Tourism, finance, technology, construction and business-to-business firms stand to benefit from robust growth in services exports, new analysis suggests.1
These and other service exports will make up a quarter of global trade by 2030. And while developing markets will expand their share over that period, US exporters are set to claim by far the biggest share of this projected $12.4trn market.
Accelerating in value
Services export figures have been harder to quantify than trade in goods, but detailed research for HSBC by Oxford Economics has now confirmed the strong performance of services.
With growth outstripping goods trade for some time, services' share of total world trade rose from 20 per cent in 2011 to 23 per cent in 2015, and will hit 25 per cent by 2030. The value of service exports is expected to accelerate at an average annual rate of 6 per cent until then.
The consistency of services' growth is partly due to their less cyclical nature, with exceptions such as construction and tourism. Advances in technology, falling travel costs and lower trade barriers have also made it easier to offer services across international borders.
Another key trend has been the outsourcing of business support services to lower-cost providers. The researchers expect to see this continue over the next 15 years, with companies choosing to outsource not just administrative support functions but more skill-intensive services such as R&D, marketing and design. This will push the share of B2B and other consulting services to 37 per cent of total trade by 2030.
Technology service providers are likely to see a similar boost, driven by demand for innovative software and the need to address IT security.
Healthy consumer appetite
The growing middle-class populations of developing economies represent further key drivers of services growth. Consumers in countries such as China are increasingly travelling for tourism, business and study, and are seeking out new financial and technology services.
Indigenous businesses will meet some of this demand, and are looking abroad too. By 2030, China is set to leap to third place in the global league table of service exporters, behind the US and the UK.
However, Chinese consumers will continue to import services where the overseas producer offers a more sophisticated product, or the foreign brand is more trusted than local alternatives.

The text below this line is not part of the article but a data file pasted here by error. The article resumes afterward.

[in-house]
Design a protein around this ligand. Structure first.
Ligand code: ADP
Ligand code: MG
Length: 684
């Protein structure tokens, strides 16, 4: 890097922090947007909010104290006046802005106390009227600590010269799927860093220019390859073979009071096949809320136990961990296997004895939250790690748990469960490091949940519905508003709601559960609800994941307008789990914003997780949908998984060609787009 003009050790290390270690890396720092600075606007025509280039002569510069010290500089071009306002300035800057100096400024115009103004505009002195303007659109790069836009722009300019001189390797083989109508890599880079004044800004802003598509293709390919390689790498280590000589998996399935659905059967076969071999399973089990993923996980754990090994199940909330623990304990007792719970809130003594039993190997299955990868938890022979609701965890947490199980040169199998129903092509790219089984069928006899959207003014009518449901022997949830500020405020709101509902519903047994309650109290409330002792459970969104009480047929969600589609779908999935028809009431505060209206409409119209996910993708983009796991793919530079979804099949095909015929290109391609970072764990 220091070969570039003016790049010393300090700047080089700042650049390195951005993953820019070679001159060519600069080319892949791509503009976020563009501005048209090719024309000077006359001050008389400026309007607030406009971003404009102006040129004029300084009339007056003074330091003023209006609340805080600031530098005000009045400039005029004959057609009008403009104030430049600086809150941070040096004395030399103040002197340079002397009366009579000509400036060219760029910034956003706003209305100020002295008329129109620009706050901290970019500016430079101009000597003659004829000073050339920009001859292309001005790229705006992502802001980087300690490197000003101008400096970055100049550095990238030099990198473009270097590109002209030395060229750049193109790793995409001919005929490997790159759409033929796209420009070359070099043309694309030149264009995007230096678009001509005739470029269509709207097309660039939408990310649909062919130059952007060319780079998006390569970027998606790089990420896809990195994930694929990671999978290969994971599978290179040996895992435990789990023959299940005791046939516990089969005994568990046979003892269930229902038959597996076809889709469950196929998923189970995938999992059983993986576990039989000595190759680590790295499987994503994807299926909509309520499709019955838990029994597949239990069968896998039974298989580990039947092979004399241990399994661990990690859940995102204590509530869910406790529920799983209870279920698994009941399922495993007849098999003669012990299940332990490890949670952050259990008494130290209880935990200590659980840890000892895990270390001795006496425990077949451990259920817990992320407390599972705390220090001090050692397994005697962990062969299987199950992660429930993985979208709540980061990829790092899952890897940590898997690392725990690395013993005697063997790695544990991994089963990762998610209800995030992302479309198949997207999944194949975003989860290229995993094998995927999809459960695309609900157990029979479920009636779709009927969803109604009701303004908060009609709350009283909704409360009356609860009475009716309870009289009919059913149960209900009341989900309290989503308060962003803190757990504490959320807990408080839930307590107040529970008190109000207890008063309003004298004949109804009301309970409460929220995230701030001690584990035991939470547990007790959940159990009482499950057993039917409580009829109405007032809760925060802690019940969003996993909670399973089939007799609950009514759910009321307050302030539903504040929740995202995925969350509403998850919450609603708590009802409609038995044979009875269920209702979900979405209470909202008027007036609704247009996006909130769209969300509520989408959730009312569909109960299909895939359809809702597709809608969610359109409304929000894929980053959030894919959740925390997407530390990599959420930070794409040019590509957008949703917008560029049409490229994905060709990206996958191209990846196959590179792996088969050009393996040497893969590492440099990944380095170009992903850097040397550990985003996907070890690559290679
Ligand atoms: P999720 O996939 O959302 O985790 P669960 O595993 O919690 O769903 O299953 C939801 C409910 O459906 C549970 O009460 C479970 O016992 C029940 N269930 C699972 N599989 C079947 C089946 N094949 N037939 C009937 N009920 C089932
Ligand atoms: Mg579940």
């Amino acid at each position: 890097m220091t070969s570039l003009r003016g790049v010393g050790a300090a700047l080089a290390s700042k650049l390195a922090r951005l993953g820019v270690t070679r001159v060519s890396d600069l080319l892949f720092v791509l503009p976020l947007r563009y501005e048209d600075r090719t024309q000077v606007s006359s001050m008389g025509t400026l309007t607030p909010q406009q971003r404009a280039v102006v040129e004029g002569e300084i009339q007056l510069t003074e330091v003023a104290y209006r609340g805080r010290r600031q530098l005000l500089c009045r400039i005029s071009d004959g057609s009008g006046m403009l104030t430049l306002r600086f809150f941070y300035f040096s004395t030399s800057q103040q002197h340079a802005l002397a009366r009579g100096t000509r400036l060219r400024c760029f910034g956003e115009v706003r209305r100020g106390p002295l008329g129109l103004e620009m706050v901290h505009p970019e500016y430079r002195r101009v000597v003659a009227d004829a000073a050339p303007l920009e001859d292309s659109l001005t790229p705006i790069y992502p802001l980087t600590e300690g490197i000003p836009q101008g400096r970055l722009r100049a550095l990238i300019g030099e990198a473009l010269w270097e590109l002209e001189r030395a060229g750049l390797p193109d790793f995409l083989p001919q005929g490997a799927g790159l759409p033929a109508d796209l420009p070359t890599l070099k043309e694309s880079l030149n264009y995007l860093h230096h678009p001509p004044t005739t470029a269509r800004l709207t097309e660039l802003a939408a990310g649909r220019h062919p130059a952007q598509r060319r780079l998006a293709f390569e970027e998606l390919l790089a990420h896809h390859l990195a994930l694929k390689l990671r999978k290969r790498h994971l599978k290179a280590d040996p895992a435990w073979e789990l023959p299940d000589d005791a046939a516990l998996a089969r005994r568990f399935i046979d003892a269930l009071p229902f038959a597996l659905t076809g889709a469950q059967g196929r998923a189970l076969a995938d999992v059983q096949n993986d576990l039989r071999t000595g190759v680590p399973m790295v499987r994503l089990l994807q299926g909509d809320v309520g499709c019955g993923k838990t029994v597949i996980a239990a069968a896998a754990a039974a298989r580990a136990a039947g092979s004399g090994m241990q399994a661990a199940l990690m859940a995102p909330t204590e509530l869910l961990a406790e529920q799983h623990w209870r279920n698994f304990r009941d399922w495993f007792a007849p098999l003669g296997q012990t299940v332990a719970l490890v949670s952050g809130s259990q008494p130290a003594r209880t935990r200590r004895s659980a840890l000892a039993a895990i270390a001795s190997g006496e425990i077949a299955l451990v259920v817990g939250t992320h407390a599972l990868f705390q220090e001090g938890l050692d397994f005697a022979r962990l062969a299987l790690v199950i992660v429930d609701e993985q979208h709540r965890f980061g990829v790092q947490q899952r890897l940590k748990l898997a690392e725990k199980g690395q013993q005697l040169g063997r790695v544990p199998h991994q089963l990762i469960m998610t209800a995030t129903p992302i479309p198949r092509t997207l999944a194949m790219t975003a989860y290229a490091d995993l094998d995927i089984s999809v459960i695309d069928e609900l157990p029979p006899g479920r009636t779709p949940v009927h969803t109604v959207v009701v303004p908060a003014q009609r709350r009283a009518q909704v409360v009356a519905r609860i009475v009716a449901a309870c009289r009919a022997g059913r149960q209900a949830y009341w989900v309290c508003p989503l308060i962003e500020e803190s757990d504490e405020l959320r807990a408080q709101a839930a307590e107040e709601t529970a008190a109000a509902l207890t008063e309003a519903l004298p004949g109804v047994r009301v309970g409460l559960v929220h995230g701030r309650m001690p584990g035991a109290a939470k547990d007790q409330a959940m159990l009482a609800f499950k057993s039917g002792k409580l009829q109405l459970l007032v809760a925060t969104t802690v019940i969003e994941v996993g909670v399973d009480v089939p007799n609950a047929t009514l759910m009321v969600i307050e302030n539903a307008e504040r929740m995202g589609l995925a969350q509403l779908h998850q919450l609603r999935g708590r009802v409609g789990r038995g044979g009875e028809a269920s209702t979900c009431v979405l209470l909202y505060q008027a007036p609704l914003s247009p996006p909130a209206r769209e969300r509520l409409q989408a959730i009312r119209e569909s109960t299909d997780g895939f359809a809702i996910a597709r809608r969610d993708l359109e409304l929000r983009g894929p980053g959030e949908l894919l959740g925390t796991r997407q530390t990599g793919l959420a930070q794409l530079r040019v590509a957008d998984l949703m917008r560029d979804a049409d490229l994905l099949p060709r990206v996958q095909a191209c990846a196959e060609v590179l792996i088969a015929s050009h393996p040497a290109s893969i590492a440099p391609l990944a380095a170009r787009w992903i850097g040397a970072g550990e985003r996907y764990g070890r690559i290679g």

As the researchers point out, service providers in established economies still have an edge: "Exporters in developed countries are generally better placed than firms in emerging markets to take advantage of these trends, as they have access to a larger pool of skilled labor, better infrastructure and greater financial resources."
The geographical footprint of services is set to change gradually, however, as emerging markets expand their service offering beyond the current focus on tourism. Indeed, India has already positioned itself as a successful exporter of business process outsourcing.
So-called 'south-south' trade will be an increasing feature of service trade – such as the movement of construction workers from between countries with different demographic patterns, and in the intra-regional expansion already observed in telecommunication companies in Asia.
Overcoming the hurdles
The US is particularly strong in exporting travel, tourism and B2B services. It also performs well in charges for the use of intellectual property, such as patents, copyrights and trademarks. These make up 18 per cent of service exports – highlighting the US's leading role in developing and marketing new technologies.
However, US businesses with ambitions to capture a bigger slice of the global services market will need to tackle barriers to trade that are often more costly than those faced by manufacturers.
Restrictions on setting up foreign operations and moving people are the chief impediments to services trade, World Bank analysis shows,2 with emerging markets imposing the highest barriers. Licensing requirements, restricted access to distribution channels, quotas governing the number of providers in a market, and lack of recognition of overseas qualifications are among the hurdles faced by businesses.
The Oxford Economics team calls for liberalization to promote services trade, while acknowledging that this is a more complex process than liberalizing goods trade.
With a tempting prize at stake – the US share of services exports by 2030 is forecast at $1.6trn – many businesses will find it worthwhile to tackle the red tape. Helped by knowledgeable banking partners with bases in their overseas markets of choice, they have much to gain from the world's soaring demand for services.
Read the research report (PDF, 853KB).